Hybrid selection is one of the most important decisions a farmer can make
Ken Ferrie, Illinois-based agronomist with Crop-Tech Consulting, believes some growers spend more time picking out the accessories on their new pickup than they do determining which hybrid would work best in their fields.
Ferrie made the comments during his presentation “Learning Hybrid Characteristics” during the recent 2022 Great Ontario Yield Tour in Woodstock, Ontario in early September.
He believes the top two predicters of corn yield are water management and hybrid selection. “It's one of the two most important decisions you can make that separates your operations from others,” says Ferrie.
Picking a hybrid for the field that you're going to plant in is something he believes is vitally important. When picking a hybrid, Ferrie says it is important to determine the strengths and weaknesses of the hybrid and to match those up to the strengths and weaknesses of the field that you will be working with.
One characteristic to look at is height. If you look through your lineup, and every plant you like is the same height, same tassel, same leaf structure – you may have just determined some of the characteristics you are looking for.
To mitigate risk, farmers need to plant short season hybrid corn first, and long season corn last so that all the plants are not pollinating in the same week.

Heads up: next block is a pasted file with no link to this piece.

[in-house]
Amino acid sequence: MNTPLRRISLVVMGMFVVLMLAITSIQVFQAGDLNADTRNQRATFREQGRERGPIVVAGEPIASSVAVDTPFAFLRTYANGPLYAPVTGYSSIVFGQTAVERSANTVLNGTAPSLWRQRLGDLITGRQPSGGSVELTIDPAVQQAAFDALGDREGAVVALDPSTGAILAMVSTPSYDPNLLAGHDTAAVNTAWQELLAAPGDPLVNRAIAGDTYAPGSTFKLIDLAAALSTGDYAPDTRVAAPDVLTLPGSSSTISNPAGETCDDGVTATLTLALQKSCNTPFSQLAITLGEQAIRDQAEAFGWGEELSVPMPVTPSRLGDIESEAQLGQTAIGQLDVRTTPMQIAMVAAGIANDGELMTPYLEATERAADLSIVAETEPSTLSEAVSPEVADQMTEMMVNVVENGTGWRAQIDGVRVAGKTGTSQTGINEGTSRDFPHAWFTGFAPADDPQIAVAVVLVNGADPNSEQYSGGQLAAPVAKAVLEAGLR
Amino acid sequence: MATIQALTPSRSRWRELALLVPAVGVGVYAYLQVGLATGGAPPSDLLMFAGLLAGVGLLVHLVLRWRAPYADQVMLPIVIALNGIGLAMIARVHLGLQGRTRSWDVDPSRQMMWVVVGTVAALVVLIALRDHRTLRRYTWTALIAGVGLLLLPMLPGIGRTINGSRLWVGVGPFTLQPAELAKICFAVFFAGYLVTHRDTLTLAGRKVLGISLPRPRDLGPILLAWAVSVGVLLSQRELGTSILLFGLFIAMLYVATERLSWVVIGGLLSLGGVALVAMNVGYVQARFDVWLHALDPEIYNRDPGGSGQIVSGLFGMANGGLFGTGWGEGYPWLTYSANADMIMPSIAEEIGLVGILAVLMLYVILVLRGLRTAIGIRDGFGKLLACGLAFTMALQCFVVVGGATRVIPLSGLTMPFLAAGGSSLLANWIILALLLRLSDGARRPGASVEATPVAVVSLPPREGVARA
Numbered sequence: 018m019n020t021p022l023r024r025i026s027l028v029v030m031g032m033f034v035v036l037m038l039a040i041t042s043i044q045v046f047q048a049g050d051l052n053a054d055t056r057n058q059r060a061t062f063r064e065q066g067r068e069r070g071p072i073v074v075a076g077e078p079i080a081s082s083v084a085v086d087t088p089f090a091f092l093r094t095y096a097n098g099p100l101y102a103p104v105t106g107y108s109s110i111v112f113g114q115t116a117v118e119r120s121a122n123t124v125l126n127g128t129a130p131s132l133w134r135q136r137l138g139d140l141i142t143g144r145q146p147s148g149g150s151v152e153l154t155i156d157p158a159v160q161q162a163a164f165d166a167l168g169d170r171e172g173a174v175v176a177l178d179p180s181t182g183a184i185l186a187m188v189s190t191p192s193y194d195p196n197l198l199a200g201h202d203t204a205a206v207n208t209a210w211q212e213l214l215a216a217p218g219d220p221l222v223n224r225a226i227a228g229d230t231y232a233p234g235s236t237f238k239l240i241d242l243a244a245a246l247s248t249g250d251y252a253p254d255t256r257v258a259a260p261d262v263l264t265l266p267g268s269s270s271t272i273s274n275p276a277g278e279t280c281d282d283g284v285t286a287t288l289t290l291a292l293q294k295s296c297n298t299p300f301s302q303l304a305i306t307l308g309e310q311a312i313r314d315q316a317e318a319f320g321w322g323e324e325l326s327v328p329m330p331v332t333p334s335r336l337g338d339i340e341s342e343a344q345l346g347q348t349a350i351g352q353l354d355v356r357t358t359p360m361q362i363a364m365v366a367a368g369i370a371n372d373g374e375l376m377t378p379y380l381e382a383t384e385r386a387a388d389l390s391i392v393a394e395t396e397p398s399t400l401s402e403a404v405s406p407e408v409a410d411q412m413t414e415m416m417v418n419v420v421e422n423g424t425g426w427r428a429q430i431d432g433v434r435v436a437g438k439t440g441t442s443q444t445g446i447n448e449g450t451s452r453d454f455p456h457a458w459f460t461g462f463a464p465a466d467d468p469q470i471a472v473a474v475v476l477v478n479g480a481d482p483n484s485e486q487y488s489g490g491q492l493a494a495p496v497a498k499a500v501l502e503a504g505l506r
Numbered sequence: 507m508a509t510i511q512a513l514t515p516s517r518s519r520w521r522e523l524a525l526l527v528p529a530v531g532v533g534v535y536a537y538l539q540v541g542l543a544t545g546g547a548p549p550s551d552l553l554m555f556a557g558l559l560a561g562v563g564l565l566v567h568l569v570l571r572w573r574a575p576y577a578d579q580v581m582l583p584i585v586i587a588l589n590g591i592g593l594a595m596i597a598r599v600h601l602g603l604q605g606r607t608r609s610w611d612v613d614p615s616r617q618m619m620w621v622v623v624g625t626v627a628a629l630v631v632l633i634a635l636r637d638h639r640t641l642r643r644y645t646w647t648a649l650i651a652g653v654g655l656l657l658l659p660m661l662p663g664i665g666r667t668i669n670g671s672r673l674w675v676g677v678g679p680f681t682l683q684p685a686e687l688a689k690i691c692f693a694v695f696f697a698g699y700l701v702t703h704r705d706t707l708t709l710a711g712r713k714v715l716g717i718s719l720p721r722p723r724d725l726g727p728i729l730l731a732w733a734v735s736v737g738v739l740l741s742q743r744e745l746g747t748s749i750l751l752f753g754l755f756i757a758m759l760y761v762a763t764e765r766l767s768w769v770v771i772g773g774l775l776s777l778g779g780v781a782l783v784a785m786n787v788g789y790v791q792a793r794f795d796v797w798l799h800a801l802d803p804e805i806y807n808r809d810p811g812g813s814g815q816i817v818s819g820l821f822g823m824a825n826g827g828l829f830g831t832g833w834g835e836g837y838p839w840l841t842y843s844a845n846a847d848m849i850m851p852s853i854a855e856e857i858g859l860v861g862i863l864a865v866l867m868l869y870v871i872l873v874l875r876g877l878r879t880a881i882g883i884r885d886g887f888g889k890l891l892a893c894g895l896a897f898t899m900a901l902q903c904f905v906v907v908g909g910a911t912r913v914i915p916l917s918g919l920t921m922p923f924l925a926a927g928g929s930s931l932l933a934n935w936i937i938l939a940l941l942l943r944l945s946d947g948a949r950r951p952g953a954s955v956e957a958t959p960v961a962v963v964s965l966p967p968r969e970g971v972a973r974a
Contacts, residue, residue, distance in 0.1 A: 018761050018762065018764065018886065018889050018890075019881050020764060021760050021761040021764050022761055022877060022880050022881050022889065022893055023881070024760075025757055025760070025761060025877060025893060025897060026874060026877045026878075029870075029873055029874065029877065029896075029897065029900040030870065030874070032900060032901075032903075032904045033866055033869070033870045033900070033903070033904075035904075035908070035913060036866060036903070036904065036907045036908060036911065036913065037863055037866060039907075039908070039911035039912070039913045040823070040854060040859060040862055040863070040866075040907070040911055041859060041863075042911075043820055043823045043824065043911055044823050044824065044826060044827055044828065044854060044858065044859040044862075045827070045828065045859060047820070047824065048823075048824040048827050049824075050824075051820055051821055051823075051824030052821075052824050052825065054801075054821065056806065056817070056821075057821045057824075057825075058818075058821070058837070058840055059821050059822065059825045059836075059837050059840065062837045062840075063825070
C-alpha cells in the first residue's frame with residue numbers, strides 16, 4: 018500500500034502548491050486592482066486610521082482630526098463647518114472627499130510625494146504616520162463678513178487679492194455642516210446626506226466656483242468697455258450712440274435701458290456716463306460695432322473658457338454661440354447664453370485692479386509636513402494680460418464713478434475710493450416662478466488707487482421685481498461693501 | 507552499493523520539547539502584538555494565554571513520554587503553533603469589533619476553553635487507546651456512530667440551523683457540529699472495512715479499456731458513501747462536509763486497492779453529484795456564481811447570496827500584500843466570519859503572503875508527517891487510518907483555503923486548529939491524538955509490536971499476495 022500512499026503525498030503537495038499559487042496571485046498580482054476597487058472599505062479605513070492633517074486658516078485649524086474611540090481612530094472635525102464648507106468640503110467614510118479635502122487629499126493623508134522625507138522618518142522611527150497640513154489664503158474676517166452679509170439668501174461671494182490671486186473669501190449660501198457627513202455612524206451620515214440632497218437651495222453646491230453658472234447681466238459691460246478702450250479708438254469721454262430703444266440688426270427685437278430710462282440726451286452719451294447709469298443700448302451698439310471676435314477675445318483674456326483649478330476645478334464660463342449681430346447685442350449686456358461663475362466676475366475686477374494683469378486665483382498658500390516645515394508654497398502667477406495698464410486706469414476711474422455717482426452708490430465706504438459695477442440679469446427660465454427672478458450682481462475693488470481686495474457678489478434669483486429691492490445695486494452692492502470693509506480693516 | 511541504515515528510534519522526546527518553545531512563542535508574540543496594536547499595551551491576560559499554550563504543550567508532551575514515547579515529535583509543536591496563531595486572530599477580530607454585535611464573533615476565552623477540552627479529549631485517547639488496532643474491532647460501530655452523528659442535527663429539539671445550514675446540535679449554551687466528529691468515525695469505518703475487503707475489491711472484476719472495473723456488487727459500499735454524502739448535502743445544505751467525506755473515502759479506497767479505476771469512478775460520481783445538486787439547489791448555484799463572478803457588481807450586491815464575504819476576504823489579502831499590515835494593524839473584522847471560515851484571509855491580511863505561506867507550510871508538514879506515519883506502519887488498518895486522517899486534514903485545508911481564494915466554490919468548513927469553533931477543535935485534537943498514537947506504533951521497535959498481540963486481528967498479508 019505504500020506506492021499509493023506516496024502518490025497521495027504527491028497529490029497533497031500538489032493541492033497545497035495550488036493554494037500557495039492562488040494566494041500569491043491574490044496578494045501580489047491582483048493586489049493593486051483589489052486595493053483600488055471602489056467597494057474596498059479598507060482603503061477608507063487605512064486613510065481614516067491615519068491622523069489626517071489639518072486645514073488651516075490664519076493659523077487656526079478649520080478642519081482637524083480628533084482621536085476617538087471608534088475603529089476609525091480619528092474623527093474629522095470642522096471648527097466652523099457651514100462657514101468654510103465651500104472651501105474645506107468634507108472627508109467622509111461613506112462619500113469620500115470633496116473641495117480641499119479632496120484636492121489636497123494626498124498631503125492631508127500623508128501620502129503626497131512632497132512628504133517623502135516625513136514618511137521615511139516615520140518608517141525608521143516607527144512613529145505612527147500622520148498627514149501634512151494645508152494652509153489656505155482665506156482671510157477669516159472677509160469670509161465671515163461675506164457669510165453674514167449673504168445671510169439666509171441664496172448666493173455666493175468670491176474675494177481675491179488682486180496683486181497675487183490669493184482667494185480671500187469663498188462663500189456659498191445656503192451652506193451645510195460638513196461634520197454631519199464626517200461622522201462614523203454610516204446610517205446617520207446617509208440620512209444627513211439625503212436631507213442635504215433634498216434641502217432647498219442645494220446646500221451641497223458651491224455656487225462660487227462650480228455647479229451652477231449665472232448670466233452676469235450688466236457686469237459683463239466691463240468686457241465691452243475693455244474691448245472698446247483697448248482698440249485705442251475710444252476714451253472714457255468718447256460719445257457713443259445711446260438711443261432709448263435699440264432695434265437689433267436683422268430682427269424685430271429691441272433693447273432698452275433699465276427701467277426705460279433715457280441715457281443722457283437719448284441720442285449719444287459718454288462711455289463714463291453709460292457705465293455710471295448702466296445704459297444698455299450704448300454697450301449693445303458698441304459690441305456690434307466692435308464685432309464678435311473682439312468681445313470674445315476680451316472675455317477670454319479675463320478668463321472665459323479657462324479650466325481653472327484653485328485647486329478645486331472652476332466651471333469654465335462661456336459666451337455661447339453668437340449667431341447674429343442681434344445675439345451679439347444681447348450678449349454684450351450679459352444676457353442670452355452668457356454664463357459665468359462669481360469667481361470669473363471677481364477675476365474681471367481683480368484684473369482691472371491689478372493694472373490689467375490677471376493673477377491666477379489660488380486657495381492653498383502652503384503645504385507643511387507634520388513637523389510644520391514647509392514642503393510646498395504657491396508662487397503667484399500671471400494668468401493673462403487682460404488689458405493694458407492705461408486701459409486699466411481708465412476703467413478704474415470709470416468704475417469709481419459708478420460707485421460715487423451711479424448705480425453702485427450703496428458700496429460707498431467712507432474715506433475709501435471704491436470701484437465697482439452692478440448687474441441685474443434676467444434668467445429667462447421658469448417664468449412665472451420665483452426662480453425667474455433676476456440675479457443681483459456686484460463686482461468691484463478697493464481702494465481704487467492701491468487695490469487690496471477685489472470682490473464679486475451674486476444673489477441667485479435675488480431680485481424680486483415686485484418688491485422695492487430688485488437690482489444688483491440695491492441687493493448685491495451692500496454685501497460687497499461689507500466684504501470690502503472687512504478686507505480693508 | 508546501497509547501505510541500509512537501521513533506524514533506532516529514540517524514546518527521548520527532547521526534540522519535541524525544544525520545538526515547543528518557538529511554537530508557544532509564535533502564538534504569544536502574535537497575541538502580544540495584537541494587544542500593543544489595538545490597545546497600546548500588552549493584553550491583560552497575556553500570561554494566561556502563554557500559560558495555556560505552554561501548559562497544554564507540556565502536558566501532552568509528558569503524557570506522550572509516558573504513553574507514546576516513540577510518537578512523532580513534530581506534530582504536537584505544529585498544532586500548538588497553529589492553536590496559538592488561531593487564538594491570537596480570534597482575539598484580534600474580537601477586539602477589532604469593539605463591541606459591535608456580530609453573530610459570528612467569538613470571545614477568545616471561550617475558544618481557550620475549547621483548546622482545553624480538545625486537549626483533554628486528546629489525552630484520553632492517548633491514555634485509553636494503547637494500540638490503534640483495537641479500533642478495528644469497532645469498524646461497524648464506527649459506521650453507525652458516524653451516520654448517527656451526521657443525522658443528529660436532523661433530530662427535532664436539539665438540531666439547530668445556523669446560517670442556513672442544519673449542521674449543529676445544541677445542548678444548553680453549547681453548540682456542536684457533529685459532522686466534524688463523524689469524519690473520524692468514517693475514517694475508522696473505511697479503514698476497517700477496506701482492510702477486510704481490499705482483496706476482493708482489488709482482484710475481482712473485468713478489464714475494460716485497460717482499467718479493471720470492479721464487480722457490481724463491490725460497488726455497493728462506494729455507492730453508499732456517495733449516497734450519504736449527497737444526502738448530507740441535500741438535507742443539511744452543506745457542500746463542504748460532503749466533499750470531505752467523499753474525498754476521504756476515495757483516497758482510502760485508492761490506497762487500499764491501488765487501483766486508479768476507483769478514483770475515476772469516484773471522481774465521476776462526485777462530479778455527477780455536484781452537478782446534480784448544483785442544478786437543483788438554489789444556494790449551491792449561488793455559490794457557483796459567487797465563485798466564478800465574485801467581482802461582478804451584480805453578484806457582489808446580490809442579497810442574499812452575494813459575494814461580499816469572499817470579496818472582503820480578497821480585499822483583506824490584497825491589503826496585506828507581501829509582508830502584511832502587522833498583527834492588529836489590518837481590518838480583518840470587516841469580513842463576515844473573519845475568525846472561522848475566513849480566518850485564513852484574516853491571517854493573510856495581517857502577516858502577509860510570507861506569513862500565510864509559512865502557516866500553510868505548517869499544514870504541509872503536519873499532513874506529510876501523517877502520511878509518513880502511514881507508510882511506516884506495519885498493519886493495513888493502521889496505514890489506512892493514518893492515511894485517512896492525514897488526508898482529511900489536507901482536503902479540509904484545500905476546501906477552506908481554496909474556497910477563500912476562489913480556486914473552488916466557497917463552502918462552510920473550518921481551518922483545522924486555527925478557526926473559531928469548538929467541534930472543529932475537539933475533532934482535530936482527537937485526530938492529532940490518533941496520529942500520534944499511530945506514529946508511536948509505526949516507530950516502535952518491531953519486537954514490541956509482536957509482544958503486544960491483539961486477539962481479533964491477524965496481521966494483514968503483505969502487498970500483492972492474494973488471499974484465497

Ferrie also advised farmers to factor in the big three: sunlight, water, and nutrients. You want to try to capture as much light as possible.
Farmers lose water in the field through evaporation off the ground and transpiration off the top, so water management is essential.
Finally, nutrient efficiency is also important to consider when creating your crop plans.
With those things in mind, Ferrie advised farmers to conduct proper research on the hybrids they are considering. “During the winter Farmers can say, well, here's my hybrid, and here is what these other hybrids look like compared to my hybrid.”
Watch the full 2022 Great Ontario Yield Tour presentation on learning hybrid characteristics.Click here to see more...